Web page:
Merkel cell carcinoma (MCC) is a rare, highly aggressive neuroendocrine skin cancer [1, 2]. In 2008, using digital transcriptome subtraction, a new virus belonging to the family of Polyomaviruses, and hence named Merkel cell polyomavirus (MCPyV), was identified in MCC. Worldwide studies have shown that approximately 80% of all examined MCC contain clonal integrated MCPyV DNA [3], thus indicating that MCPyV is associated with the etiology of MCC [4, 5]. MCPyV has a circular, double-stranded DNA genome of approximately 5.4 kb [6]. The viral genome possesses the typical polyomavirus tripartite organization, with an early region encoding the regulatory proteins large T (LT) antigen and small T (sT) antigen [7], the late region encoding the capsid proteins [8], and a non-coding control region encompassing the origin of replication and transcription regulatory elements [9]. In addition, the early region encodes the 57kT antigen and a protein called alternative LT ORF (ALTO), although their function remains unknown [7]. All MCPyV-positive (MCPyV+) MCC express a C-terminal truncated form of LT antigen that has lost its DNA binding and p53 interaction domains, but retains the ability to interact with retinoblastoma protein pRb [10]. Both sT and full-length LT, as well as truncated LT, have been shown to possess oncogenic potential in both cell culture and animal models [11-14]. The proliferation of MCC cell lines depends on the expression of LT [15], while the role of sT has been disputed [16, 17].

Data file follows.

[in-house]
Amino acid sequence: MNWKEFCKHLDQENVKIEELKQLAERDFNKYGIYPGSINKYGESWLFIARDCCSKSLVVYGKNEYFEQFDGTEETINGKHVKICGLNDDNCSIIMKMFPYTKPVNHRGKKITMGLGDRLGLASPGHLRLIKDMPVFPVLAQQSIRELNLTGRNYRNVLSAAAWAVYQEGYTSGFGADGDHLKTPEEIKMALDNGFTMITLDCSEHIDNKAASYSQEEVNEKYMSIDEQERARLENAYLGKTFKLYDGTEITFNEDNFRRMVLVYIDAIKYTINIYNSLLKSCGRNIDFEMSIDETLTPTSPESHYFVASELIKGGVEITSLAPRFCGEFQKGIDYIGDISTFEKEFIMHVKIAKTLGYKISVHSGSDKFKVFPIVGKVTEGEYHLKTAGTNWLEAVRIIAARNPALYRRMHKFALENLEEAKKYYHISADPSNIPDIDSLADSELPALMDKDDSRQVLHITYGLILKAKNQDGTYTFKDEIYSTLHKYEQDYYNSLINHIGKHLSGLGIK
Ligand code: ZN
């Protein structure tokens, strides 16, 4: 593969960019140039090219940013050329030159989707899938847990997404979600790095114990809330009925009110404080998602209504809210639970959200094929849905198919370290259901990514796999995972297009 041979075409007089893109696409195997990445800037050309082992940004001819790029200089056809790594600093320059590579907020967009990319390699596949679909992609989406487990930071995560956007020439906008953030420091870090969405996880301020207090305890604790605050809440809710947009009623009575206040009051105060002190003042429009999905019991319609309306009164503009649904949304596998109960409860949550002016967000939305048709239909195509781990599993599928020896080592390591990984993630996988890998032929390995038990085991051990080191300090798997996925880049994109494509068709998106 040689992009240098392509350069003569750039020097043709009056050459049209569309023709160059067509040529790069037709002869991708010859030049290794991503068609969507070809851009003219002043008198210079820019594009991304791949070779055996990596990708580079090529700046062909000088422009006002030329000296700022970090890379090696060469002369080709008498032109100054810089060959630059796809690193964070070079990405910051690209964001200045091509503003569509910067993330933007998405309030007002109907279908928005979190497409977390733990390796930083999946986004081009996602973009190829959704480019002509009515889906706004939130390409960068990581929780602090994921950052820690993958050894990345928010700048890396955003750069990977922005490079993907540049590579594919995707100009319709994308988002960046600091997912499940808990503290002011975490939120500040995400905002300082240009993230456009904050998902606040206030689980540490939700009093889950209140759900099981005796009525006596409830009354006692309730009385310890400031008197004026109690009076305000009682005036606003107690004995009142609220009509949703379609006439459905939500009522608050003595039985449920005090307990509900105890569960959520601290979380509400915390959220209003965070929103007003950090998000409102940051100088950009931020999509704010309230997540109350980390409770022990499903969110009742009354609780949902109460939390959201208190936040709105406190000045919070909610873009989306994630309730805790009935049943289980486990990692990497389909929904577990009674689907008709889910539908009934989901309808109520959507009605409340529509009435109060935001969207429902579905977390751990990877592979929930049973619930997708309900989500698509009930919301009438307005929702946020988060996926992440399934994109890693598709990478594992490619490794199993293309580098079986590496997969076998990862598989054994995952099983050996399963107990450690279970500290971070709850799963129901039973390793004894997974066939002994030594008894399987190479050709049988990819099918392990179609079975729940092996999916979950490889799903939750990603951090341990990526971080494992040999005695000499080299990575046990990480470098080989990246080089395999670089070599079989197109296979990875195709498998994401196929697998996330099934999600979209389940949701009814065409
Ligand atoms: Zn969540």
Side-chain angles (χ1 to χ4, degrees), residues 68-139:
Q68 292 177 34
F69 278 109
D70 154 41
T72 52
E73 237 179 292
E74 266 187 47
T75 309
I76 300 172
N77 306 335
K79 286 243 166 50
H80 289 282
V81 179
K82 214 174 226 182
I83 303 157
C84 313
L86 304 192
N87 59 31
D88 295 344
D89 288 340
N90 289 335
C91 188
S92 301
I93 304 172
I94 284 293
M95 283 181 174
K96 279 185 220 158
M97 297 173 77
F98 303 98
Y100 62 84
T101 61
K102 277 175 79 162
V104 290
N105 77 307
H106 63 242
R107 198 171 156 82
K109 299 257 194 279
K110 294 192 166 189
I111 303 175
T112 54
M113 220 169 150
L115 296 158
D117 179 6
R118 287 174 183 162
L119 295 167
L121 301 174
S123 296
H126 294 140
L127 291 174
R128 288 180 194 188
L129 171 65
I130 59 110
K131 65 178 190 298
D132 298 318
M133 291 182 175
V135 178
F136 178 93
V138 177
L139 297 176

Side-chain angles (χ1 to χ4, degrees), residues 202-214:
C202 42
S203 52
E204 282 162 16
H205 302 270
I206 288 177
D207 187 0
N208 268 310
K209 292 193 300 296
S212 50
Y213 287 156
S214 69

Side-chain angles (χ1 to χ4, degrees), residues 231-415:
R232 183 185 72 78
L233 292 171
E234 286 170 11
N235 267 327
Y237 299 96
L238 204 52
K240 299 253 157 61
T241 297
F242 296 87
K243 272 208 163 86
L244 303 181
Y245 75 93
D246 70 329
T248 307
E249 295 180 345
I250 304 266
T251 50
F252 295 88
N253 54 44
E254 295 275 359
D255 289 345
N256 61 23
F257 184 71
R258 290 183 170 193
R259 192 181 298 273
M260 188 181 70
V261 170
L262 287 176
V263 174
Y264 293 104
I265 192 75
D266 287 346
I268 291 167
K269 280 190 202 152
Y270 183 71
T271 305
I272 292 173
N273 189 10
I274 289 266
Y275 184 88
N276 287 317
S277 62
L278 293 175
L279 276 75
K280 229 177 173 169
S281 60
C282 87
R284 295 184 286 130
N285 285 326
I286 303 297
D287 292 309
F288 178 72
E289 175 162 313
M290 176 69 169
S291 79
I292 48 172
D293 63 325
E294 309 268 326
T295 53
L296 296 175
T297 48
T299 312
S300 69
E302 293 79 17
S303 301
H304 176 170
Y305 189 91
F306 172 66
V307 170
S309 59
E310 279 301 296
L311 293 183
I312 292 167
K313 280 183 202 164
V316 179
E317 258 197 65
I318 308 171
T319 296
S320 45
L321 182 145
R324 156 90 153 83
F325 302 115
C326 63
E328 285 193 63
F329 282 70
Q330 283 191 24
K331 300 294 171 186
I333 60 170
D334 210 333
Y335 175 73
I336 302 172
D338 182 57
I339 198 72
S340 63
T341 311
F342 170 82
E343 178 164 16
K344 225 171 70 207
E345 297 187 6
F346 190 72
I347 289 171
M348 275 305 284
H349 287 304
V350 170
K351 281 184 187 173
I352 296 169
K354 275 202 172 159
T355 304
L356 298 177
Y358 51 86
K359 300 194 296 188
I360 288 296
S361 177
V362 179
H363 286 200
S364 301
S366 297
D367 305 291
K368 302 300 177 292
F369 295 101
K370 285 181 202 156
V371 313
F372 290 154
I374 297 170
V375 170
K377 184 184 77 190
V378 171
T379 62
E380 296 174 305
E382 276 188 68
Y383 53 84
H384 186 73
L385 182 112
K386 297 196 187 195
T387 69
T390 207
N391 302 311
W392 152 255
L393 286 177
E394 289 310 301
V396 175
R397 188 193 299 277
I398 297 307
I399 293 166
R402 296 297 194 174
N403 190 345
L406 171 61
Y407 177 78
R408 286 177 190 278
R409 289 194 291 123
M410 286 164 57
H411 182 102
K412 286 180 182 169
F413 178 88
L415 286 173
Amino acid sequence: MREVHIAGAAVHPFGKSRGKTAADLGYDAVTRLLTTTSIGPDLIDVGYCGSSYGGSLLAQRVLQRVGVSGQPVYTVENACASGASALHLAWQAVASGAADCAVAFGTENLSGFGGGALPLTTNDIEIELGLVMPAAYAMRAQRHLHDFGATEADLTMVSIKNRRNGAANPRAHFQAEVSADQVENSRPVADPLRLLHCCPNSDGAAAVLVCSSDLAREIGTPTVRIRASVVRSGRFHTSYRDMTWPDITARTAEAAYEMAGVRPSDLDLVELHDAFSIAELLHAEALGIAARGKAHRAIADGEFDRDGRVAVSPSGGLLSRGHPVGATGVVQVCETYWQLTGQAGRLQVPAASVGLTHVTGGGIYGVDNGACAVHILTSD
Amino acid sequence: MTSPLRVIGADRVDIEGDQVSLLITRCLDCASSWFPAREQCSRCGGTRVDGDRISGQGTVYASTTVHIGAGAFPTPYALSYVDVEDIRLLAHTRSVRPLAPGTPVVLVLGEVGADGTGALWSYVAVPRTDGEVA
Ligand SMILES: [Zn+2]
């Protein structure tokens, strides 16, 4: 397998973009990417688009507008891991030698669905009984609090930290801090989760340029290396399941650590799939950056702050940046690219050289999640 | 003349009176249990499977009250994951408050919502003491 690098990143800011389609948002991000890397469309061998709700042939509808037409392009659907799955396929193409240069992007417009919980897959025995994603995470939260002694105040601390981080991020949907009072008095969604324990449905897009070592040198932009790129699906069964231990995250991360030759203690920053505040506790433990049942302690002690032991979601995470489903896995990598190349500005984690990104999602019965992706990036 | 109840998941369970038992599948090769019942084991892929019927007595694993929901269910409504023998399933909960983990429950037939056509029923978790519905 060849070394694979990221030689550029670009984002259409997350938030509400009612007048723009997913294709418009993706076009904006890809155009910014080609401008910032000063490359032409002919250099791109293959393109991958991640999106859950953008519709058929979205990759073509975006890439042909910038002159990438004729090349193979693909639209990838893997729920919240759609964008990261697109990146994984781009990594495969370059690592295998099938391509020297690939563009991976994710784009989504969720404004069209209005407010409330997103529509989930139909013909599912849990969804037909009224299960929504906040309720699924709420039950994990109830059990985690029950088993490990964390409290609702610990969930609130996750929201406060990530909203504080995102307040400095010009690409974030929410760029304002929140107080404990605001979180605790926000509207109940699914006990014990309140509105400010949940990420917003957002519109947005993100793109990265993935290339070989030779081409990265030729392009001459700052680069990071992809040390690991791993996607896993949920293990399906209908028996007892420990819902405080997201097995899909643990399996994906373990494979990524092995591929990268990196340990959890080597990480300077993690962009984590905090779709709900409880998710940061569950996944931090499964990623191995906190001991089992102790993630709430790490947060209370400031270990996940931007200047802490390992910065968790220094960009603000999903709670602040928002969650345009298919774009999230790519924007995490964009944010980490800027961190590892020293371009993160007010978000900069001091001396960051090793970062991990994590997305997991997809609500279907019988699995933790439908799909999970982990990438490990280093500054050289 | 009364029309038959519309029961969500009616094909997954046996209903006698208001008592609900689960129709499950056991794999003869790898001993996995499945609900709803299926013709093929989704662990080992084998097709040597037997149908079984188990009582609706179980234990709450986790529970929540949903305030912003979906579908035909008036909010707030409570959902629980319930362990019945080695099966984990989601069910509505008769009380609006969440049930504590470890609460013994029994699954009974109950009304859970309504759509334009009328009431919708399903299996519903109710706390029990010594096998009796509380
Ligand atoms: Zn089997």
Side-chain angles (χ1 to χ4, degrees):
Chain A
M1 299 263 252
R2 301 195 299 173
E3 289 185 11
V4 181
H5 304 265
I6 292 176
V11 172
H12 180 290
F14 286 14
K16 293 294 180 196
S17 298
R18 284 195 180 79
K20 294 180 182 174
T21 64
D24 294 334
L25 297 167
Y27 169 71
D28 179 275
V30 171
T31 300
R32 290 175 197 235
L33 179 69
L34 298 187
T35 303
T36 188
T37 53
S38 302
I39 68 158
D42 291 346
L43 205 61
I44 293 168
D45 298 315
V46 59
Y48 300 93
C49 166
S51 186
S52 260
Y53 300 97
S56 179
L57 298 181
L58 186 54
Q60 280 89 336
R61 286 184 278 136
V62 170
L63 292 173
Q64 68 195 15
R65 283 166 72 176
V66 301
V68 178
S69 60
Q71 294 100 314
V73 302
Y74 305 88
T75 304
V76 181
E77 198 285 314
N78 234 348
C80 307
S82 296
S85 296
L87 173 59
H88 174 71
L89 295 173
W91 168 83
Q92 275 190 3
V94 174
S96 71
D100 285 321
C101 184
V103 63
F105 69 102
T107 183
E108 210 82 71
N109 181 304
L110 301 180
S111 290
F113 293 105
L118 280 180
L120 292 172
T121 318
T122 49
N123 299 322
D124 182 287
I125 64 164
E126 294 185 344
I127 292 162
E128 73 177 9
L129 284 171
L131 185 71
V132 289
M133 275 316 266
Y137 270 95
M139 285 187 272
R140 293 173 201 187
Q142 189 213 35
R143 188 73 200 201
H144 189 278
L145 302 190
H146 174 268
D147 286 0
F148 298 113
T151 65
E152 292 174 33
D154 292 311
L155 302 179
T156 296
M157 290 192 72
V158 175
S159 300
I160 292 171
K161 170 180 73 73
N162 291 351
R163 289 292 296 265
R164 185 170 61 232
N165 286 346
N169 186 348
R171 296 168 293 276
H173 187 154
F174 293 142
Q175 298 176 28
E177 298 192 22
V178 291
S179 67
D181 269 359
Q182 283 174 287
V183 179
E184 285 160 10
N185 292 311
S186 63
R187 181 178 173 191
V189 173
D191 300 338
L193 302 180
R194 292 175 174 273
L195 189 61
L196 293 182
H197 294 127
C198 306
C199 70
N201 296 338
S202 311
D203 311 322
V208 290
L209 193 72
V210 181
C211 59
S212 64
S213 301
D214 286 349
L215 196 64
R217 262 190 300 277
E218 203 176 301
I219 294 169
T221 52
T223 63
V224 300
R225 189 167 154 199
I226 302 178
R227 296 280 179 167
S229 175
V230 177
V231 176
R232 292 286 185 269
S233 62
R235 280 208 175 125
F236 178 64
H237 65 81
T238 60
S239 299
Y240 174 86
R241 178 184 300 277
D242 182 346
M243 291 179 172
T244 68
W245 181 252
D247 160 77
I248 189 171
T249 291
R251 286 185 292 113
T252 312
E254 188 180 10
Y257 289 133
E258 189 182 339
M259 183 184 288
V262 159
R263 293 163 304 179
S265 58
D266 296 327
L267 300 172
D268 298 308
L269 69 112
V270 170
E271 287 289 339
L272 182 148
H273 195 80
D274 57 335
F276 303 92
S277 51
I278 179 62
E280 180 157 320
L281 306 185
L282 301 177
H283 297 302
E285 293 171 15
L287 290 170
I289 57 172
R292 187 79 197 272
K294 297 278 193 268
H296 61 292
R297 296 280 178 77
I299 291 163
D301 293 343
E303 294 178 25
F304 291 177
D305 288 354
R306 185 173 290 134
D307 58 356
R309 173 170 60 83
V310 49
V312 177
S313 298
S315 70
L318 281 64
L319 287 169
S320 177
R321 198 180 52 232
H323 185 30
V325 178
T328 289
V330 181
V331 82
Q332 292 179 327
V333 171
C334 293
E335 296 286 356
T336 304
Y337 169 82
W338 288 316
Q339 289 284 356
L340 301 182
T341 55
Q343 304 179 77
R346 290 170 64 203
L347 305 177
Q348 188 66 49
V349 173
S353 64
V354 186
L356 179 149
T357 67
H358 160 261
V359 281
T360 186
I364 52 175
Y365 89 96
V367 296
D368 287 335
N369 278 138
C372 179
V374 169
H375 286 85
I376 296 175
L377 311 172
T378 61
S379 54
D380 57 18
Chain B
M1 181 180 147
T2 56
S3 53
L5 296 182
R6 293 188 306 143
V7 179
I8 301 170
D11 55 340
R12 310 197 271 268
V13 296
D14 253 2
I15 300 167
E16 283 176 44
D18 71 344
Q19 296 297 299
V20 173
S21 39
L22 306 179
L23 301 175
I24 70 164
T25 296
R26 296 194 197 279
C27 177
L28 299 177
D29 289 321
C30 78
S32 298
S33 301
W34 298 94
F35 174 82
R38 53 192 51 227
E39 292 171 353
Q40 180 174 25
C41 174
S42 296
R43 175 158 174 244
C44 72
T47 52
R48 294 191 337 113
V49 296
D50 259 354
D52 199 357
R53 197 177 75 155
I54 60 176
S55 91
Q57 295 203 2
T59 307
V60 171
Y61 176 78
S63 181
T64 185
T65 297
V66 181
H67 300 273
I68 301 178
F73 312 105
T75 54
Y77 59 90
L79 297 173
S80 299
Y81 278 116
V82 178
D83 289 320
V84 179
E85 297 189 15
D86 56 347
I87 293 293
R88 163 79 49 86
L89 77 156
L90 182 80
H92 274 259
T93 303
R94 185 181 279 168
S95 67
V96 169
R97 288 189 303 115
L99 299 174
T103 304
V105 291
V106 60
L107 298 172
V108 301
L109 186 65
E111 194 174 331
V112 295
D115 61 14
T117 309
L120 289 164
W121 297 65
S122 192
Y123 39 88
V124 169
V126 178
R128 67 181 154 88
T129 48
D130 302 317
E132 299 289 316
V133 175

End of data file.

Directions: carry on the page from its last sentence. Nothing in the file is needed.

Inflammation has long been associated with tumor progression [18]. Many cancers arise from sites of infection, chronic irritation and inflammation, and inflammatory signaling pathways are often activated by oncogenic mutations [19]. Chemokines are a family of cytokines that regulate leukocyte trafficking in immunity and inflammation, playing a significant role in processes attributed to tumorigenesis, such as tumor cell survival, senescence, angiogenesis, metastasis and immune escape. The aberrant expression of chemokines and chemokine receptors in tumors may regulate the trafficking of leukocytes into the tumor microenvironment [20]. Chemokines secreted within the tumor microenvironment may also act in an autocrine manner to promote the proliferation and migration of the tumor cells. Chemokine (C-C motif) ligand 17/thymus and activation-regulated (CCL17/TARC) is a member of the CC chemokine family, and is highly expressed by thymus and other cells, including keratinocytes, endothelial cells, dendritic cells, bronchial epithelial cells and fibroblasts [21]. CCL17/TARC acts as a chemoattractant, which primarily aids the recruitment of CD4+ T regulatory cells and Th2, in addition to Th17 cells [22, 23]. The effect of CCL17/TARC is mediated by the chemokine receptor CCR4 [24, 25].